Jersey Central Power & Light is assessing the extensive damage from Hurricane Sandy, with more than 1600 linemen, 1200 forestry workers and other personnel available to help restore power to customers. This is the worst storm damage in JCP&L history, far worse than experienced during Hurricane Irene and the October 2011 snowstorm. As a result, restoration times will likely be longer.
Damage assessment began this morning with crews on the ground. Today, after winds subside, helicopter crews will inspect 230 kV transmission lines that are damaged. Early assessments indicate parts of the transmission system may need to be rebuilt. Helicopters also will assess the extensive damage throughout the system. JCP&L has 10 helicopters available and is working to secure more.
As of this morning, more than 930,000 JCP&L customers are without power and that number will probably increase as assessment continues. Limited restoration of power is expected to take place today while crews assess damage. JCP&L urges customers to make preparations given the expected lengthy outages.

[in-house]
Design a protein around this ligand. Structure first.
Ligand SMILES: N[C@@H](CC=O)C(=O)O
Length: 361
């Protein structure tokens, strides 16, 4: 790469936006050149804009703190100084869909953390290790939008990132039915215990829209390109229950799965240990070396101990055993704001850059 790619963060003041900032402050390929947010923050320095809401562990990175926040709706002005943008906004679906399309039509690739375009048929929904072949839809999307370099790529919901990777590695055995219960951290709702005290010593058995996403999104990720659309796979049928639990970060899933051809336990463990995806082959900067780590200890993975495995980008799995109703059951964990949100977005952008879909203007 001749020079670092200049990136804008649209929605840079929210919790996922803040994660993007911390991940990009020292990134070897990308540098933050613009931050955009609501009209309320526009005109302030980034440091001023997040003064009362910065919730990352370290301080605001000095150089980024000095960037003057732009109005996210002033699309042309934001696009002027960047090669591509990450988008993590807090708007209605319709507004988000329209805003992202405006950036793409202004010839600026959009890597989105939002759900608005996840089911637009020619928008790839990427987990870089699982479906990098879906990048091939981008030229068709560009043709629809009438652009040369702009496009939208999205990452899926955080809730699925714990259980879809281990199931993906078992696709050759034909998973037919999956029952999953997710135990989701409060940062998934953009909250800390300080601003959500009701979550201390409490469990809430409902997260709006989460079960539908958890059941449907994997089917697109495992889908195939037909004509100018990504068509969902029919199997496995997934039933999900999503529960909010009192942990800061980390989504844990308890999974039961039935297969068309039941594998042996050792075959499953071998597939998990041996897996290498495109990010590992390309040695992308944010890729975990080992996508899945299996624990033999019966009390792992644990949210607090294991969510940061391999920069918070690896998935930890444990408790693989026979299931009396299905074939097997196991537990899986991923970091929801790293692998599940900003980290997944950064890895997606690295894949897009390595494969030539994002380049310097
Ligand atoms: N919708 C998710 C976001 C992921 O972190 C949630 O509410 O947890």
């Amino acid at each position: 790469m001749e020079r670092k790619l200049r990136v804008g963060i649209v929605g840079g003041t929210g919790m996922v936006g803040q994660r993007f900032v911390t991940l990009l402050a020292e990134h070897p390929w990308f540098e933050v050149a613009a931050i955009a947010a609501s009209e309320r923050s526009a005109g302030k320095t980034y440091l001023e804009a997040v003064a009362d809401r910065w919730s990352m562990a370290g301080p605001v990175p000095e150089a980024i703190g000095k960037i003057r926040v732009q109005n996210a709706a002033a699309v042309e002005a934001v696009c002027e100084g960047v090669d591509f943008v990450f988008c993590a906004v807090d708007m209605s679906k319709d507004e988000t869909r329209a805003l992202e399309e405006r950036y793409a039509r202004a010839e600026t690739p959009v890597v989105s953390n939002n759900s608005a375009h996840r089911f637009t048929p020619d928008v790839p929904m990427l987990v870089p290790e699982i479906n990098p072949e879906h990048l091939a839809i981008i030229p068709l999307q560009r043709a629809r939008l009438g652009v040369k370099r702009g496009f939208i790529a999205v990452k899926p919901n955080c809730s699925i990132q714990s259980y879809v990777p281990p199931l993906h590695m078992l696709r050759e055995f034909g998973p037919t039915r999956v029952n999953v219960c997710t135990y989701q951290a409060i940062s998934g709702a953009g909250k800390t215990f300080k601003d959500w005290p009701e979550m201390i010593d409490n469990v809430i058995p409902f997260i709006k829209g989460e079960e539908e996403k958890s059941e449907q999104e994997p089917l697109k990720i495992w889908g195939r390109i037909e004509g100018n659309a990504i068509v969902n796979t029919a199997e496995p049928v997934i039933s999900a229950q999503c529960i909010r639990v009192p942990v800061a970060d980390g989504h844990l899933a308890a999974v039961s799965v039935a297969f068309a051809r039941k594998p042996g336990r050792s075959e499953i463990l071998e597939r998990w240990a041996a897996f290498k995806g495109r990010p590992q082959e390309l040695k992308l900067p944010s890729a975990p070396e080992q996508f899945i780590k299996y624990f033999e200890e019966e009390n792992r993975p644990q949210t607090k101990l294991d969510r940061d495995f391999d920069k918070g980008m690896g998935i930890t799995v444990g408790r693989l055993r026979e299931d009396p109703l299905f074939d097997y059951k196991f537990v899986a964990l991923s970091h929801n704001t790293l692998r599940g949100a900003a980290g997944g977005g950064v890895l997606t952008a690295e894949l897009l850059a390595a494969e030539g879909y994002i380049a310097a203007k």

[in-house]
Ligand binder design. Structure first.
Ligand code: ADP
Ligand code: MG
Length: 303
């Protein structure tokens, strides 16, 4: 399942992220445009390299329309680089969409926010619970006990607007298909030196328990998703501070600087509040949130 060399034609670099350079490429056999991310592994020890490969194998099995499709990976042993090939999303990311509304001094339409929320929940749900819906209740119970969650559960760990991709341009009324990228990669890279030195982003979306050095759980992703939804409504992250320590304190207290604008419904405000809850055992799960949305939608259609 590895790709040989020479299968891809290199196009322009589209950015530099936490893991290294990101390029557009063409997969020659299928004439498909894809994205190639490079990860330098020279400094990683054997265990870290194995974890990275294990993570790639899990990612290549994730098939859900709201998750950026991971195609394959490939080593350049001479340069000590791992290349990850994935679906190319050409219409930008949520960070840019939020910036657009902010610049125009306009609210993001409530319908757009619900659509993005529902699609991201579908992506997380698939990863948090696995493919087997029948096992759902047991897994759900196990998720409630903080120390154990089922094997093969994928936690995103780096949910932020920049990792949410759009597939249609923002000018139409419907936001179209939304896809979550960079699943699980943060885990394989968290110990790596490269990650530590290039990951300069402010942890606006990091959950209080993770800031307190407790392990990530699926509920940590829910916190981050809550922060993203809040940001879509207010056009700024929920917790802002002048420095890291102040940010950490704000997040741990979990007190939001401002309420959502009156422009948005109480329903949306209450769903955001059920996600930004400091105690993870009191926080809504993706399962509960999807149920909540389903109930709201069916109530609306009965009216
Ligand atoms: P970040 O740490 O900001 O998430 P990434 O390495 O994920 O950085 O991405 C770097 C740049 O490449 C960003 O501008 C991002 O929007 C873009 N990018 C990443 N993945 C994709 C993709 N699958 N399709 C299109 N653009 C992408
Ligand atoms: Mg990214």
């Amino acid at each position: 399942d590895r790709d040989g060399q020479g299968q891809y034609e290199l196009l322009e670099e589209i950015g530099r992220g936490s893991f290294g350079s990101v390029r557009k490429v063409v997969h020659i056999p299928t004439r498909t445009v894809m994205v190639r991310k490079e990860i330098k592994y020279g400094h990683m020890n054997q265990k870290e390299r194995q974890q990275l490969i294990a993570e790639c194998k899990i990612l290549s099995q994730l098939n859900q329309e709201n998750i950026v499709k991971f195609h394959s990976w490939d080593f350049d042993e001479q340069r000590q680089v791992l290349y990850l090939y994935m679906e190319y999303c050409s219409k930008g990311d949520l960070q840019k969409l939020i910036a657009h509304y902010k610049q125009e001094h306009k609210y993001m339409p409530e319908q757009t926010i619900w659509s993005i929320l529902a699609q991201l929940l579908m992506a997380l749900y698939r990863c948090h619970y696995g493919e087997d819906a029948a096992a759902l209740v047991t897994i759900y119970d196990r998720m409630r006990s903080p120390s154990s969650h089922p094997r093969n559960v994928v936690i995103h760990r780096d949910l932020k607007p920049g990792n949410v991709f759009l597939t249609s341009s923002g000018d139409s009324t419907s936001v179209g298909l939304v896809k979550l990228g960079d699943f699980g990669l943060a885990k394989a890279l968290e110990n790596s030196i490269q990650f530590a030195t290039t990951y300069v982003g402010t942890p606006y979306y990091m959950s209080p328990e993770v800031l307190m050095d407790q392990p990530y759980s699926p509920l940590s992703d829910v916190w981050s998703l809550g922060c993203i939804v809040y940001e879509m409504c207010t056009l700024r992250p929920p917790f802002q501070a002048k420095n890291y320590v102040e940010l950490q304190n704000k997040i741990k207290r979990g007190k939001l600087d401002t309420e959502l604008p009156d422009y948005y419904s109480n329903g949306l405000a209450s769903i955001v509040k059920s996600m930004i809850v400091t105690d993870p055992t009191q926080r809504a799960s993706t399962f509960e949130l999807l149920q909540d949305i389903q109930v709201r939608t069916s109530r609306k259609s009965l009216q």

Downed trees and branches have made many roads impassable, and these closures could delay this process. Forestry crews are working to remove downed trees and branches. Once winds die down and bucket trucks can be operated safely, those crews will be dispatched to handle repairs.
JCP&L’s emergency operations center is already in full operation. Mobile command centers also are placed strategically around the state. Many of JCP&L’s substations near the shore were sandbagged to help prevent water damage and are now being assessed. At least a few substations experienced flooding due to storm surge. The early priority will be rebuilding transmission damage and repairing flooded substations. Emergency services, including hospitals, police, fire and first aid will be given first priority for restoration of service. Then, repairs are scheduled based on restoring the most customers the fastest.
On Monday evening, JCP&L proactively de-energized substations to the barrier islands in Monmouth and Ocean counties to preserve equipment and help speed the process of restoration.